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now to those raging wildfires wreaking havoc out west and the extreme impact they're having more than 2,000 miles. people in new york and philadelphia went to bed with these eerie red sun sets, skies coast-to-coast were under a haze triggering air quall concerns across the country. for more let's go to nbc news' garic hayes. how worried should we be. >> reporter: you have fires in oregon and california scorching hundreds of thousands of acres causing air quality problems in
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cities like new york and baltimore and right here in washington. a fiery tuesday night sunset lighting up the east coast, fumeled by these orange skies, taking hold across the drought-stricken west. as wildfire smoke there drifts across the continent, triggering air quality warnings here. >> that is just nasty. the haze and the smoke coming down across our area. >> reporter: satellite imagery showing the smoke spreading across the u.s. all the way to the east coast. in the west, more than 80 wildfires are burning across 13 states, torching more than 1.3 million acres of land. a raging battle against fire and wind as firefighters work to put out the flames. in oregon, the bootleg fire is so big, it's generating its own weather by producing its own massive cloud, creating strong thunderstorms, lightning an strong winds that can potentially start more fires. that megafire, the largest in the u.s. this year has already devoured nearly 400,000 acres of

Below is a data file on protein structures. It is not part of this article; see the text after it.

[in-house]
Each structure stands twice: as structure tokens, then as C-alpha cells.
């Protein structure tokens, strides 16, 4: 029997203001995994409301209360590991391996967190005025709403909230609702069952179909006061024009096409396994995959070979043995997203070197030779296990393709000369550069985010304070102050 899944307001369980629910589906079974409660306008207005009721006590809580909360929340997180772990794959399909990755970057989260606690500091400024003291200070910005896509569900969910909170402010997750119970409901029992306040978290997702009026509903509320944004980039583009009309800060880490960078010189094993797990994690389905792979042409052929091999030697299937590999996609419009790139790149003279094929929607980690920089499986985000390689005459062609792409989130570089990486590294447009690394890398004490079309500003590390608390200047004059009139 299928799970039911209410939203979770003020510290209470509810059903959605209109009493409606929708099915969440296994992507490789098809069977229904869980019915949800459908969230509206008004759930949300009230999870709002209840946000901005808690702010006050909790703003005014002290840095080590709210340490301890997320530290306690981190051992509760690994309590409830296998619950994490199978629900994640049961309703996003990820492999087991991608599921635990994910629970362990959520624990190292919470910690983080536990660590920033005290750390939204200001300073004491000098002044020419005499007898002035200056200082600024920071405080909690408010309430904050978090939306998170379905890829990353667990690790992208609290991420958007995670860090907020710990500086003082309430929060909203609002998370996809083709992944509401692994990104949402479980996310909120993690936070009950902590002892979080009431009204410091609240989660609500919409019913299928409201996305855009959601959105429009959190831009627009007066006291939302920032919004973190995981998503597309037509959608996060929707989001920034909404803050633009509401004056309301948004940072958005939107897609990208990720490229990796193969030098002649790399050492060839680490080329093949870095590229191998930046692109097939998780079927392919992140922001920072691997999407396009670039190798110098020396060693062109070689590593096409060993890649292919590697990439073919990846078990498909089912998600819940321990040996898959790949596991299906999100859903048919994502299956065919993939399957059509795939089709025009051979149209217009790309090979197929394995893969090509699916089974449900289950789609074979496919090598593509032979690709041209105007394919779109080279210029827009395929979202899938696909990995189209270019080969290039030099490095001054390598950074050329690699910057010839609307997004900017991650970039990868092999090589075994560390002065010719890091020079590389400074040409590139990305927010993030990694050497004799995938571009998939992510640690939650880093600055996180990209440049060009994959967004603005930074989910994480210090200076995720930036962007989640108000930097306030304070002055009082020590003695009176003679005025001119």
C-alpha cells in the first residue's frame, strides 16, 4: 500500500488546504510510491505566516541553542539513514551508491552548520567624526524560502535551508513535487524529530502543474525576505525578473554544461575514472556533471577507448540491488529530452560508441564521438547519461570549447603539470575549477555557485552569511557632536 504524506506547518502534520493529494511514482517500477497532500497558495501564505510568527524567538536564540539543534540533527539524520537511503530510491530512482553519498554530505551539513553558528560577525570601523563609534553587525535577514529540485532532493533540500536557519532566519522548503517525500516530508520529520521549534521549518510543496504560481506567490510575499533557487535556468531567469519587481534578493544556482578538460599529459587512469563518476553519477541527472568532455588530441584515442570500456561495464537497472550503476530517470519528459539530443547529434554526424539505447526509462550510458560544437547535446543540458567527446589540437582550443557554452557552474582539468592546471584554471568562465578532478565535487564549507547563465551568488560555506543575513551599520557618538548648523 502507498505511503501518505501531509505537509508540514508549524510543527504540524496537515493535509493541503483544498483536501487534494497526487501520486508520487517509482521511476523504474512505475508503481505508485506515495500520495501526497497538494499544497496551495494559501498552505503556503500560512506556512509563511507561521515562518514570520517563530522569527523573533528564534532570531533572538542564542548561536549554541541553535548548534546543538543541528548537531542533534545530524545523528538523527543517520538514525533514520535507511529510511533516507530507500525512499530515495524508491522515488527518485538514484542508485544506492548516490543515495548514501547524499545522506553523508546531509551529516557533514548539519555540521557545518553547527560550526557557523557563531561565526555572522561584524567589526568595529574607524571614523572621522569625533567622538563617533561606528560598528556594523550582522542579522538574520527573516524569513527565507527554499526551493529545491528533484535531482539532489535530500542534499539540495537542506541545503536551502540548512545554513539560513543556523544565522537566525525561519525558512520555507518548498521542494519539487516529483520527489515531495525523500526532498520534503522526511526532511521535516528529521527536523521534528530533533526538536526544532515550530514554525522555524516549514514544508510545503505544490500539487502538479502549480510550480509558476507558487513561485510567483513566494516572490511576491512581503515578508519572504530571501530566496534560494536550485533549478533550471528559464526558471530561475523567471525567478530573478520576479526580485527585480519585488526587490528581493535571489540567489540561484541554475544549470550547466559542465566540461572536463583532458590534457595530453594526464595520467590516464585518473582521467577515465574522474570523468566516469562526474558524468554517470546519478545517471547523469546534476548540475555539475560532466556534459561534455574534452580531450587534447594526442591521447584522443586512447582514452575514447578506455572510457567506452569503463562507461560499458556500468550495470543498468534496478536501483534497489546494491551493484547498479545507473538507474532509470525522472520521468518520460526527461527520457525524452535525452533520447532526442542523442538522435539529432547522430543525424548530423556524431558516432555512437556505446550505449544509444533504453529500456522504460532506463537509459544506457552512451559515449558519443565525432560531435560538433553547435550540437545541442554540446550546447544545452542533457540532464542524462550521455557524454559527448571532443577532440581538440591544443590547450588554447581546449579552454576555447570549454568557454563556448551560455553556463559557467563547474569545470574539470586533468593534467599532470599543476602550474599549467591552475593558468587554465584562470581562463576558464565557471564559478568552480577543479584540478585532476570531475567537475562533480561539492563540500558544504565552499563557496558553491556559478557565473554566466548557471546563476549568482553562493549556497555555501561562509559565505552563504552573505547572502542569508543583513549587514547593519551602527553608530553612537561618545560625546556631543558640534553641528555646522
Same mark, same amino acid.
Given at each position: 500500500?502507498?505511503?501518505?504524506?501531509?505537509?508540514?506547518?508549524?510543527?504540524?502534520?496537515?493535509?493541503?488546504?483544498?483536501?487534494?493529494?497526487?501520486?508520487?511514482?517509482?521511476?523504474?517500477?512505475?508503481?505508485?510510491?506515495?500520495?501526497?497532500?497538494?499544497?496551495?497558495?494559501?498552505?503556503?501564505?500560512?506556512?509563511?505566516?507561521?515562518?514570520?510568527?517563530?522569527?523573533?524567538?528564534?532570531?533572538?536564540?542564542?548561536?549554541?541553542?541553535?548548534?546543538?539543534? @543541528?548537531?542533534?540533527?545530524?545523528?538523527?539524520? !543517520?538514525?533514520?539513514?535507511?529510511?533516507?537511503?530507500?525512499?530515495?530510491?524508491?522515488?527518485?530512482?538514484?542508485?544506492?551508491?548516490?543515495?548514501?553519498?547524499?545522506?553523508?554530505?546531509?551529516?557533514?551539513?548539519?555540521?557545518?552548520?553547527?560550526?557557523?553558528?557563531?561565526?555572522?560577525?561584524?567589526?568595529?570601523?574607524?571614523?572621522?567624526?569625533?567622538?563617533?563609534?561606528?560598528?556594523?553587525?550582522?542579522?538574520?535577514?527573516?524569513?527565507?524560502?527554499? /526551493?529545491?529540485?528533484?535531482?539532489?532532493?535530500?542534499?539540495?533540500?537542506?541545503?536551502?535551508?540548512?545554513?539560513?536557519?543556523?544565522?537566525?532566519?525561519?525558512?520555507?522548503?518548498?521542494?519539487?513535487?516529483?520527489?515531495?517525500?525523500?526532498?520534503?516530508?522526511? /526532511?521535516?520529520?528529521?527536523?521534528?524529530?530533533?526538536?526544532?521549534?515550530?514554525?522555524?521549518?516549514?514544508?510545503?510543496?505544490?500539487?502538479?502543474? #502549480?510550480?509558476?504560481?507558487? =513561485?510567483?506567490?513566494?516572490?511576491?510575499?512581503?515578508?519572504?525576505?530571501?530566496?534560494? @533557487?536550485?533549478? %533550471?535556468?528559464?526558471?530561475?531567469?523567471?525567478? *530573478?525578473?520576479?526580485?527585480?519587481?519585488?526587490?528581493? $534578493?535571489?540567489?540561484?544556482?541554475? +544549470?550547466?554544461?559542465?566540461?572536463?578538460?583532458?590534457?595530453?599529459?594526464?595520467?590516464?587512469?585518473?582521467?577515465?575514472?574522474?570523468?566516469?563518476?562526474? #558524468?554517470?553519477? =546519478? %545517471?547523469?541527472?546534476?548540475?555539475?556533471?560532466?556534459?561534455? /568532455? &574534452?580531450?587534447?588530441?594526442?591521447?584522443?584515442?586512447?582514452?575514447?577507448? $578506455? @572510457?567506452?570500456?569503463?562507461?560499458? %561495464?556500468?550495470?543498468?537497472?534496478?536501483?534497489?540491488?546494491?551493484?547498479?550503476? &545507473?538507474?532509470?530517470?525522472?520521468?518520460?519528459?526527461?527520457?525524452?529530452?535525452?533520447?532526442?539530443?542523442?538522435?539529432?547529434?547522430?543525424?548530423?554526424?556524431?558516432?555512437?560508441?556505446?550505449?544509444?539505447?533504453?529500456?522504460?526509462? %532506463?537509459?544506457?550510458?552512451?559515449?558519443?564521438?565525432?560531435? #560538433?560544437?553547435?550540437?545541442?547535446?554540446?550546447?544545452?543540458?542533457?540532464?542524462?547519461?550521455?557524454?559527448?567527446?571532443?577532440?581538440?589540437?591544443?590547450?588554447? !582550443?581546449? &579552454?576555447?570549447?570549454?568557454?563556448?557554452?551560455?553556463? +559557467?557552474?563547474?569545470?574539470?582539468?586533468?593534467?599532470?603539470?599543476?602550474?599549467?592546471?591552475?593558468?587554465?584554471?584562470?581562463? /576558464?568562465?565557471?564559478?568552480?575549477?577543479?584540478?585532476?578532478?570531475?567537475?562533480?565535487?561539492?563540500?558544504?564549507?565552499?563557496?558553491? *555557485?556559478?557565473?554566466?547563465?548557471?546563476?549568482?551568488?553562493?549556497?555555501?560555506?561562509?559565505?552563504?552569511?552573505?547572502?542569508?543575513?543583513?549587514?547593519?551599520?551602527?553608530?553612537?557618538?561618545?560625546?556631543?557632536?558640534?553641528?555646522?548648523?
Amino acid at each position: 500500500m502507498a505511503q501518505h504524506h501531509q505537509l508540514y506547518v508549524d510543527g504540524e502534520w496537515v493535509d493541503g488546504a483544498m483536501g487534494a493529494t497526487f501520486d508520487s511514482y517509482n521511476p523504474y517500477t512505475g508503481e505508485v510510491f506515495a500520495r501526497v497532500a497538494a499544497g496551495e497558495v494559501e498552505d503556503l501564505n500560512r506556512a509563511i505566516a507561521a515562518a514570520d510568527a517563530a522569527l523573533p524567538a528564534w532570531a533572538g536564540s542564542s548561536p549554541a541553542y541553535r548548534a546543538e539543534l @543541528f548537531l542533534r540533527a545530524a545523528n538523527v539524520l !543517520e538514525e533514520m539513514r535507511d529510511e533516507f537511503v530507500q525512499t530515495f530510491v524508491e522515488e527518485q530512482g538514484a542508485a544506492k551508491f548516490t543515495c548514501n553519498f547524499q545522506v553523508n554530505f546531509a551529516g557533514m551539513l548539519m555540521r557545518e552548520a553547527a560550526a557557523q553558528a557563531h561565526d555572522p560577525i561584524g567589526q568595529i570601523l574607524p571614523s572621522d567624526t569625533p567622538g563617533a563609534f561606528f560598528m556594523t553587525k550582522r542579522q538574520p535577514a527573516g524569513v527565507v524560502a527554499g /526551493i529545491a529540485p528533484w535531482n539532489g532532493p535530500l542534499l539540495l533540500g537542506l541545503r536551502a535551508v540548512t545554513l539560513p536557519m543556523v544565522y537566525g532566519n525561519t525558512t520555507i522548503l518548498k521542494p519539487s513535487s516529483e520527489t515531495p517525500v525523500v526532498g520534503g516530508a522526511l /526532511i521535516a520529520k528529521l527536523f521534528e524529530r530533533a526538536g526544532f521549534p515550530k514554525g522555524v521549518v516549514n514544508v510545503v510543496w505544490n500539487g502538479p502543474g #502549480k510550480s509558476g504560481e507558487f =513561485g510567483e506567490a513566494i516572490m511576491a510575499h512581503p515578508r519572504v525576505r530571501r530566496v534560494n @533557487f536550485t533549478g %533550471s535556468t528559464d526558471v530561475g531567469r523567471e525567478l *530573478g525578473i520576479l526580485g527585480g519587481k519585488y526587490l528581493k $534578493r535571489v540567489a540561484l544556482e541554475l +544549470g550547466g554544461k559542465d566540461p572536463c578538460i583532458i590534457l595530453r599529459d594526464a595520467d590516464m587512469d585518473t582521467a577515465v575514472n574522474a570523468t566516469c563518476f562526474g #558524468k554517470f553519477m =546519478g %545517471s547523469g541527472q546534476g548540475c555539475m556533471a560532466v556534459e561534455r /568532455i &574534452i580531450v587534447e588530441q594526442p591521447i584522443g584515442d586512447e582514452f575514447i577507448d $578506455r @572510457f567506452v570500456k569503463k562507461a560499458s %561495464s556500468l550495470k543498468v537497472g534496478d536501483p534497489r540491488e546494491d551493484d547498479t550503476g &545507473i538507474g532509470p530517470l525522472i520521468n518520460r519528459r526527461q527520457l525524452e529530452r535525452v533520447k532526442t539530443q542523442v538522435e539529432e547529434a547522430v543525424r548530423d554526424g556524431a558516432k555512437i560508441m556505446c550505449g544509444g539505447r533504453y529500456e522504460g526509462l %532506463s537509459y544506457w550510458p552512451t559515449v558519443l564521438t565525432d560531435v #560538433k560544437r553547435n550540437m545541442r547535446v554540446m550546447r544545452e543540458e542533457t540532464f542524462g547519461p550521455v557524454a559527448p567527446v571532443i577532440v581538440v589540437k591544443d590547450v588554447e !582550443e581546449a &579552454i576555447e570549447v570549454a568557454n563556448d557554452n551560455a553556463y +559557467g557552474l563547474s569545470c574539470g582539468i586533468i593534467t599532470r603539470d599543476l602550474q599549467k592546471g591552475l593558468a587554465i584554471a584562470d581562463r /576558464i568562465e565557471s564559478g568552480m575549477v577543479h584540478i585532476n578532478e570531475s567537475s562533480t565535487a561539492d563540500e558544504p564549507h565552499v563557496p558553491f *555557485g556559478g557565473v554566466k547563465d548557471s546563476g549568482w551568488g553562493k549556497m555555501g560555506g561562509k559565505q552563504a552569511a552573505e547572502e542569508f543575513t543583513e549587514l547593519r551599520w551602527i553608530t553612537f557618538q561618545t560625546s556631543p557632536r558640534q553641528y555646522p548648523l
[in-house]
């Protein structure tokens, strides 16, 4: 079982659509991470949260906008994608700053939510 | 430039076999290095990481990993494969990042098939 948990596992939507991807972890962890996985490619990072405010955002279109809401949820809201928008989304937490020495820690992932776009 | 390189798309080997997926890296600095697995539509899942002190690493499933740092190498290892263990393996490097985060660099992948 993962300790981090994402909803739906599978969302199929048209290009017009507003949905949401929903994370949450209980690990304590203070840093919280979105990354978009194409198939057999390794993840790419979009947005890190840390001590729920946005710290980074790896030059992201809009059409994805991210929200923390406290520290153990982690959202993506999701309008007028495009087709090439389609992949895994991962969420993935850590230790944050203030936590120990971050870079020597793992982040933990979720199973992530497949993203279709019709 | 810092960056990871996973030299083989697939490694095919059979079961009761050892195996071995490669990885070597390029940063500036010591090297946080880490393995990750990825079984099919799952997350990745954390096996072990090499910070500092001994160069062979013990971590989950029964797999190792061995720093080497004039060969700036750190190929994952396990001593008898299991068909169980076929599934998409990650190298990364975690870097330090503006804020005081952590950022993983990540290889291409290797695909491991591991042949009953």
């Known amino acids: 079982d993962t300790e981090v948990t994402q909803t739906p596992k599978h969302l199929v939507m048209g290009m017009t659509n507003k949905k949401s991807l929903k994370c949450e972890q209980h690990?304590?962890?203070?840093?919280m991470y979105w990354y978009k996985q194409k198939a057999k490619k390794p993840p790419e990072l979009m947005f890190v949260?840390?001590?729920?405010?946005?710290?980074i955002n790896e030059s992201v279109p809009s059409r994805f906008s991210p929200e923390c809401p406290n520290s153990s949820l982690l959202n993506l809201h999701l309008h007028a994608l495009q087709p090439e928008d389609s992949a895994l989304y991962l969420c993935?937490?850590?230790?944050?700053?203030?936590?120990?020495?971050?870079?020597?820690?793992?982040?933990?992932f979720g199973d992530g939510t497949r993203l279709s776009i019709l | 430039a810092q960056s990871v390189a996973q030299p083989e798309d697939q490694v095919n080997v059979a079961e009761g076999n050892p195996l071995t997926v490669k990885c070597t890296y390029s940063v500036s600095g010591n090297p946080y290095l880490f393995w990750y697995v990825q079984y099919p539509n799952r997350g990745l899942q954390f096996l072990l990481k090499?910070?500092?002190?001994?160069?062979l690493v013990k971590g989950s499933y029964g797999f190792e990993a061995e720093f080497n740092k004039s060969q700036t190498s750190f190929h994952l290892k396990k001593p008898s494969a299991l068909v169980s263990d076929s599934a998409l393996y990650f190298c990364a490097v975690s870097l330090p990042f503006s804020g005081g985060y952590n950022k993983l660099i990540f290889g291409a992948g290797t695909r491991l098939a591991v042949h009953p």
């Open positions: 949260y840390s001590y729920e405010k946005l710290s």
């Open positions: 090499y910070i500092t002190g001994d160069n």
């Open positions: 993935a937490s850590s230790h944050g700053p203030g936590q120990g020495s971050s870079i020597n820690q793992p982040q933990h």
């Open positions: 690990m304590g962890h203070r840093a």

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forests and forced thousands to evacuate. in california, the fire near lake tahoe has many areas under mandatory evacuation orders. >> they gave us 20 minutes' notice. you know, it looked like they said the fire was five, six miles away, an hour later, it was right on us. >> reporter: the smokey infernos out west causing hazy sky. >> there is a ton of smock across the continent. >> reporter: stretching from fron toronto to philadelphia. in new york city a plume of haze clouded the skyline, the air quality tuesday, the worst the city had seen in nearly 15 years. >> reporter: stephanie, that california wildfire is zero percent contained. it is early in the fire season, which means we could be looking at these challenges across the country for a long, hot summer
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ahead. >> oh goodness, garrett haake, thank you have much. we have breaking news coverage on the other side of the break.